Tiah Marie Beautement is the author of the novel Moons Don’t Go to Venus. Shorter works have appeared in Lit-Net, Botsotso, Wordsetc, New Contrast, Flashquake, and Motherverse. She is a born and raised Oregonian, living in South Africa after obtaining dual citizenship in Britain. No matter where she goes, people claim she talks funny.
Danielle Christopher is a work-at-home mom of two young daughters. Her writing has appeared in Women’s Post and Hybrid Mom, as well as The Momoir Project and The Yummy Mummy Club and many other parenting websites. Danielle lives with her husband and daughters in Langley, BC, Canada. She publishes a blog where she writes about her days being a motherless mother.
Marilyn J. Curry lives in San Francisco where she works as a licensed clinical social worker with foster care children. She has been writing since she was a teenager, but “rewriting” for the past fifteen years. Her essay “On Not Being Photographed by Diane Arbus” was published in New York Stories magazine and was selected as a notable essay in the 2006 Best American Essays collection.
Sara Etgen-Baker’s writing career began with an unexpected whisper when a teacher said, “You’ve got writing talent.” She ignored the whisper and instead chose a career in business and teaching. She occasionally resurrected her inner writer when preparing curriculum, employee manuals, and so on. Meanwhile, she realized her aptitude as both a proofreader and an editor and edited professional publications, proofread textbooks, and authored instructional ancillaries. After retirement Sara began her freelance writing career. With her husband’s encouragement, she writes magazine articles, personal narratives, and short stories—as an ongoing contributor to Tiny Lights and with two memoirs recently published in Yesteryears Magazette.
Laura McHale Holland’s award-winning memoir, Reversible Skirt, was published in early 2011 by Wordforest. Her short fiction, features, and essays have appeared in Every Day Fiction, the Vintage Voices 2009 and 2010 anthologies, NorthBay biz magazine, the Noe Valley Voice, and the original San Francisco Examiner. Laura also heads the editorial department of a trade publication covering the electronic payments industry.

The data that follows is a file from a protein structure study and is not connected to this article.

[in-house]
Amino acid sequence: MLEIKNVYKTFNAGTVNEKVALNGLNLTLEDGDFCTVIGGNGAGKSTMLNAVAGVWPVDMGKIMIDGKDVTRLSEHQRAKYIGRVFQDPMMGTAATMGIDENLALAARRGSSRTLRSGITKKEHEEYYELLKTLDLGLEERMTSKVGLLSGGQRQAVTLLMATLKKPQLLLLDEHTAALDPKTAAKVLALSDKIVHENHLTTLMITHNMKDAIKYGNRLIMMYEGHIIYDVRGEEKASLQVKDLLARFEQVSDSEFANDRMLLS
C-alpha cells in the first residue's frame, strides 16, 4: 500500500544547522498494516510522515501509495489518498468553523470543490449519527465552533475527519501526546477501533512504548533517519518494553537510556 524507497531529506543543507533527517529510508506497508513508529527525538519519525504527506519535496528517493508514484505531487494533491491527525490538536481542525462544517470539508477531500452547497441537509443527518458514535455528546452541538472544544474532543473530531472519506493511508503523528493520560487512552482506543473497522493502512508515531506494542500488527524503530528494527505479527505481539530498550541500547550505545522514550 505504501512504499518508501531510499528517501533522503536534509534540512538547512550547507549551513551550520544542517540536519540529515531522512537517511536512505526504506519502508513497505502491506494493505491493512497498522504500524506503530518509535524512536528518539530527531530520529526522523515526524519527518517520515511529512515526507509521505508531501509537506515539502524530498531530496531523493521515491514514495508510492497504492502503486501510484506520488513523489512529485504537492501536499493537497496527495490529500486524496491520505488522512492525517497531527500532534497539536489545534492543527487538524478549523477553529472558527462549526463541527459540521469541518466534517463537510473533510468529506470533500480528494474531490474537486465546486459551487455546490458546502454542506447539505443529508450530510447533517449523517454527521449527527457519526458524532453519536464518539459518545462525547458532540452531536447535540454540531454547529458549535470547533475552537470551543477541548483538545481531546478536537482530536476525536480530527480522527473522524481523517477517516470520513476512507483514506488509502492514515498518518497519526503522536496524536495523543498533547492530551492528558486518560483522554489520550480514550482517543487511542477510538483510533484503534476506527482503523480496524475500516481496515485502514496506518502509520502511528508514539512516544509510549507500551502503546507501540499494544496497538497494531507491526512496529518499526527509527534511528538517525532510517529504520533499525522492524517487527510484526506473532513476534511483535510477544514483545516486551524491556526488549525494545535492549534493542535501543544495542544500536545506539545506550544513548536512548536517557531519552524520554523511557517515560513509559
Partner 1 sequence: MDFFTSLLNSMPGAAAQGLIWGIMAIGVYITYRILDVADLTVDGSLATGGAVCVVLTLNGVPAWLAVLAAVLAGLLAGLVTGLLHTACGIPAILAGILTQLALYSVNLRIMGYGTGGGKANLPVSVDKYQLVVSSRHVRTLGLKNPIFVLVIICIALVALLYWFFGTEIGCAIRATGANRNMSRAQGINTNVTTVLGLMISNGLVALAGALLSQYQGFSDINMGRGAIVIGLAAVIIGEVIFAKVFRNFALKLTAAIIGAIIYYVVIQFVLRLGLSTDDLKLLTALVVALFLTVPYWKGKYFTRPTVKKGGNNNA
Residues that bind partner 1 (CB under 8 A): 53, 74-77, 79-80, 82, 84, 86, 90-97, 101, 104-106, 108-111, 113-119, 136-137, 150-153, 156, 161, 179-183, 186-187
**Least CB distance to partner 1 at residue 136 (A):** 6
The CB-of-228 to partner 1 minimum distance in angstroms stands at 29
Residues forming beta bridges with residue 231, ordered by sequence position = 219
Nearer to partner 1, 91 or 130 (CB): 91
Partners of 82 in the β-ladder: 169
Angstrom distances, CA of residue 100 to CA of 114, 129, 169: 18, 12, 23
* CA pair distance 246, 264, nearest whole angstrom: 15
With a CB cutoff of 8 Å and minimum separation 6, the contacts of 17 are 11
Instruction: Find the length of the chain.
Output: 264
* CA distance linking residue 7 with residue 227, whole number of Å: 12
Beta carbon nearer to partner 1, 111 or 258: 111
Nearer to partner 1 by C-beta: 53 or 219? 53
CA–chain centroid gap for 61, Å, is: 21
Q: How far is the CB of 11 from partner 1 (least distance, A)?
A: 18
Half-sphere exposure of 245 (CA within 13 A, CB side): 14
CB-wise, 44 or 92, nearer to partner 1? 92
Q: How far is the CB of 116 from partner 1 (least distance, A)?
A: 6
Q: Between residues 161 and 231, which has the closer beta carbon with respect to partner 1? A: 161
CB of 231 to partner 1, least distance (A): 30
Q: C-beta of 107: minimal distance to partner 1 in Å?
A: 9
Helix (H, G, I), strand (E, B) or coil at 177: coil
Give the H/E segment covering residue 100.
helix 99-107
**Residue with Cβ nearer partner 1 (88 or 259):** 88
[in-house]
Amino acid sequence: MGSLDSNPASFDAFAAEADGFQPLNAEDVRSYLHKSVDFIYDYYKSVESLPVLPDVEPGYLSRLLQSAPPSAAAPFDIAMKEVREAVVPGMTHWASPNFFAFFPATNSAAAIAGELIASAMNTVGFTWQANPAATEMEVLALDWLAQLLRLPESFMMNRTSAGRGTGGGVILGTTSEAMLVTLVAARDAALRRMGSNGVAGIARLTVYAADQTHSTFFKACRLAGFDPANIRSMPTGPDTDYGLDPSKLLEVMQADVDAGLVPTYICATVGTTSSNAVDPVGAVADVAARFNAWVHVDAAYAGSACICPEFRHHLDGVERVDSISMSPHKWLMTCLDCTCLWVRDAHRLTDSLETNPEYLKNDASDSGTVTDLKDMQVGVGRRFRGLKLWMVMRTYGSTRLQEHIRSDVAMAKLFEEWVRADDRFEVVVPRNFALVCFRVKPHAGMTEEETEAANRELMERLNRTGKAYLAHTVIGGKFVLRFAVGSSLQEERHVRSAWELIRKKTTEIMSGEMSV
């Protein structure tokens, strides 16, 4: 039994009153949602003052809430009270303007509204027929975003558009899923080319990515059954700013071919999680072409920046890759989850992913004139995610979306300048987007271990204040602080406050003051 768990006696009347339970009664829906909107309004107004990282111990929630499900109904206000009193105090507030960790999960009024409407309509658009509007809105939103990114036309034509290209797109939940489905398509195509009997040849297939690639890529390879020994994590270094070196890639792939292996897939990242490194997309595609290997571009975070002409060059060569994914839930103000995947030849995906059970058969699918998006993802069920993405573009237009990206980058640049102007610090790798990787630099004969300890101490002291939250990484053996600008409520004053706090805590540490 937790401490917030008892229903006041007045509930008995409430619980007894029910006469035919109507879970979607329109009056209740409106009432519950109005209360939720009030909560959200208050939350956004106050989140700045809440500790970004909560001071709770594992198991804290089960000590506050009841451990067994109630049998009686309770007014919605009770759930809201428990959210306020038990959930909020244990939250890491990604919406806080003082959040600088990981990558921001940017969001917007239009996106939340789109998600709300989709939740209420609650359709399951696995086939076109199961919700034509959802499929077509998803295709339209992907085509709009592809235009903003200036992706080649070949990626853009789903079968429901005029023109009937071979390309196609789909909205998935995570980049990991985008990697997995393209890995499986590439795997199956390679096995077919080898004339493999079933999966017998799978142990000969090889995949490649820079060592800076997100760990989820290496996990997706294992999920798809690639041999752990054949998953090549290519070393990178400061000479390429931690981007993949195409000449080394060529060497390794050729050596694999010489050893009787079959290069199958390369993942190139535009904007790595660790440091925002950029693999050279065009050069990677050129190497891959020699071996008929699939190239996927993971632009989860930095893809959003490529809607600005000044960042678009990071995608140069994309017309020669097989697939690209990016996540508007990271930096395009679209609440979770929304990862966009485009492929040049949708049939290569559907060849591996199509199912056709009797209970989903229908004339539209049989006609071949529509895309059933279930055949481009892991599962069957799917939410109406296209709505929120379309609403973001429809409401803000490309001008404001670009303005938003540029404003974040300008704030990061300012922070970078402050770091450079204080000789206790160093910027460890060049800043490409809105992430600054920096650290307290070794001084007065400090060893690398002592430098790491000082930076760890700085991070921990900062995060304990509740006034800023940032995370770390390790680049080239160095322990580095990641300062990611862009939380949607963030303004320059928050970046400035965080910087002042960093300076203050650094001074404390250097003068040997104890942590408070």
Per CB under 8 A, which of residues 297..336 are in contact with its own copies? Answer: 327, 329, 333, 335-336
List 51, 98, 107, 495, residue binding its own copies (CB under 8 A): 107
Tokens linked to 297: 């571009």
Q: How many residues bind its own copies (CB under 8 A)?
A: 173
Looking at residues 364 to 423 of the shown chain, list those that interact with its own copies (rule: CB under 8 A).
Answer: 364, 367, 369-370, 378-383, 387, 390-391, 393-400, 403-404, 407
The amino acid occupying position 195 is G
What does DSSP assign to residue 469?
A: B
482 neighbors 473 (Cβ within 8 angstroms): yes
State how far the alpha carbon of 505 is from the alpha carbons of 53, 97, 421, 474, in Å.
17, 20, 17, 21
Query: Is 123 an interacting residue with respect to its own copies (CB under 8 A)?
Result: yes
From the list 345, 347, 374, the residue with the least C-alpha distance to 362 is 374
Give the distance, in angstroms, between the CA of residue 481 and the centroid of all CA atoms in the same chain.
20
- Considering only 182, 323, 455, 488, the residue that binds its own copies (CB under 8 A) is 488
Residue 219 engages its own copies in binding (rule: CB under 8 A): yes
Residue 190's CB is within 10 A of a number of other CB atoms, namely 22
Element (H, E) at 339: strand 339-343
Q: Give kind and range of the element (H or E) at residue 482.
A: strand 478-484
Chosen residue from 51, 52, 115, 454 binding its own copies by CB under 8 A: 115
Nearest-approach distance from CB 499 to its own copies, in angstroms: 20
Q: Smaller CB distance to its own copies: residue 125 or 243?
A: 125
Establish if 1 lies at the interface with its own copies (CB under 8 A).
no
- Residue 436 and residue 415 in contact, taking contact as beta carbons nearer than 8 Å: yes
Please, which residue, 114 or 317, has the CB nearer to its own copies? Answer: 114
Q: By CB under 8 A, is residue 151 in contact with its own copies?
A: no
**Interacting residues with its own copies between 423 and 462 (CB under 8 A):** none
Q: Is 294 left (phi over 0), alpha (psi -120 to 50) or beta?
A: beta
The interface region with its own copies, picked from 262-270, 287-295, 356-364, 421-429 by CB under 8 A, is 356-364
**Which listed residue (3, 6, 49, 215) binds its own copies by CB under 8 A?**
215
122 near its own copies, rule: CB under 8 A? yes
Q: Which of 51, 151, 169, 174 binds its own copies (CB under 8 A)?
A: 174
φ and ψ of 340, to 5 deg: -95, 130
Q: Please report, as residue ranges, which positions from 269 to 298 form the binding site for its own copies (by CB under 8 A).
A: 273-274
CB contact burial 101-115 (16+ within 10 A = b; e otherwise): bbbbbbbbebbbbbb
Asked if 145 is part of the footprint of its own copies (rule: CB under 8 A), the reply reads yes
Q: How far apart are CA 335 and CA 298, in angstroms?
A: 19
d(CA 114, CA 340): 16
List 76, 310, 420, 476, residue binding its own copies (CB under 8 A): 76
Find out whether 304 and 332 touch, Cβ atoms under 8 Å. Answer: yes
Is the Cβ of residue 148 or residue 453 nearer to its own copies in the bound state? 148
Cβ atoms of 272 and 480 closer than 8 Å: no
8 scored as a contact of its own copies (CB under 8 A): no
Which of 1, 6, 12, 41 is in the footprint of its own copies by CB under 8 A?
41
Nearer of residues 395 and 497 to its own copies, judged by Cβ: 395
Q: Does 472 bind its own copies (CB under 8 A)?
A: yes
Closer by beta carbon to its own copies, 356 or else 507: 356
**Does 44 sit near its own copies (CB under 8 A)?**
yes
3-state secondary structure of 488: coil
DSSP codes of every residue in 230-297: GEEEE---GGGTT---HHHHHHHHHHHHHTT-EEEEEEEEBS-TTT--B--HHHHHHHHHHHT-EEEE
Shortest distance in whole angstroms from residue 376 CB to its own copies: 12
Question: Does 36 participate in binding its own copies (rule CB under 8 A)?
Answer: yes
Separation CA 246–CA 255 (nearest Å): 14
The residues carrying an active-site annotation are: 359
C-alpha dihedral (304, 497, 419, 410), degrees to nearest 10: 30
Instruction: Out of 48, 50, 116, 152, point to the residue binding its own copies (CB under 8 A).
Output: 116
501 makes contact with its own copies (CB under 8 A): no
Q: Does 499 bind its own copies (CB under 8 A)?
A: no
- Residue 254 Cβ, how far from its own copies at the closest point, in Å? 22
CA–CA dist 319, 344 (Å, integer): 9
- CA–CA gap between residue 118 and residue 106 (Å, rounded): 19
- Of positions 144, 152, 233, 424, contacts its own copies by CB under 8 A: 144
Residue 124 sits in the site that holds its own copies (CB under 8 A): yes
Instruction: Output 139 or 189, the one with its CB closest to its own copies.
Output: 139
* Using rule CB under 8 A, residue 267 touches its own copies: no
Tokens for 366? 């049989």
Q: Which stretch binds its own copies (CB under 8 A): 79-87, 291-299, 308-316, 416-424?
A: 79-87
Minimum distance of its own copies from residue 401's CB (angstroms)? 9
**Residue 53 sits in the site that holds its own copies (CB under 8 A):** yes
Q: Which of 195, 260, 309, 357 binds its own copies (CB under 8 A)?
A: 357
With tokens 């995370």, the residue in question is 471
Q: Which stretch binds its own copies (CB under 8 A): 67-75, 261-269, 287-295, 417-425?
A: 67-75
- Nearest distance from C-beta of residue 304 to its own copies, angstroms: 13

Diane Hurles lives in Chicago and works in public relations and financial development for the national headquarters of the YMCA (YMCA of the USA). A former Lifestyle reporter and editor for several small daily newspapers in Indiana, where she lived for thirty years before moving to Chicago, Diane began studying creative nonfiction almost four years ago. She has written a series of stand-alone pieces about her childhood —including this one—that she would love to weave together into a memoir some day. Diane is married and has one grown son.
Patricia Jackson-Colando, a licensed speech-language pathologist and public speaker, has written articles for newspapers, magazines, and periodicals and grants for nonprofit organizations. Her short stories have been included in several anthologies. She has received numerous awards for community service and enjoys writing while her husband watches sports on television.
Deborah Jones-Norberto has been an actress, a clown, magician’s assistant, secretary, waitress, singer, pianist, organist, conductor, and most recently, a writer. Adopted as an infant by an IBM executive and his wife, she inherited the rich background of the Jones/Abercrombie family. Finding out years later she was the birth daughter of a sailor and his then upper class wife has provided a wealth of material for memoir. Debbie has been published in Tiny Lights: A Journal of Personal Narrative, in various music-related publications, and in newsletters. Debbie lives forty miles north of New York City with her husband and three children.
Jeanne Jusaitis, MA, lives in Petaluma, California, where she writes for all ages. Her novel, Journey to Anderswelt, is written for middle-grade children. Jeanne draws from her memories of growing up in northern California, her many years of teaching and consulting, and traveling through Europe. She is a member of California Writers Club and the Society of Children’s Book Writers and Illustrators. She published “The Legend of Tilly” in Vintage Voices (2010)and “Mystery Man” in Tiny Lights Online Journal. Her play, Apples by Day, was chosen to be produced by the Pegasus Children’s Theater in summer 2011.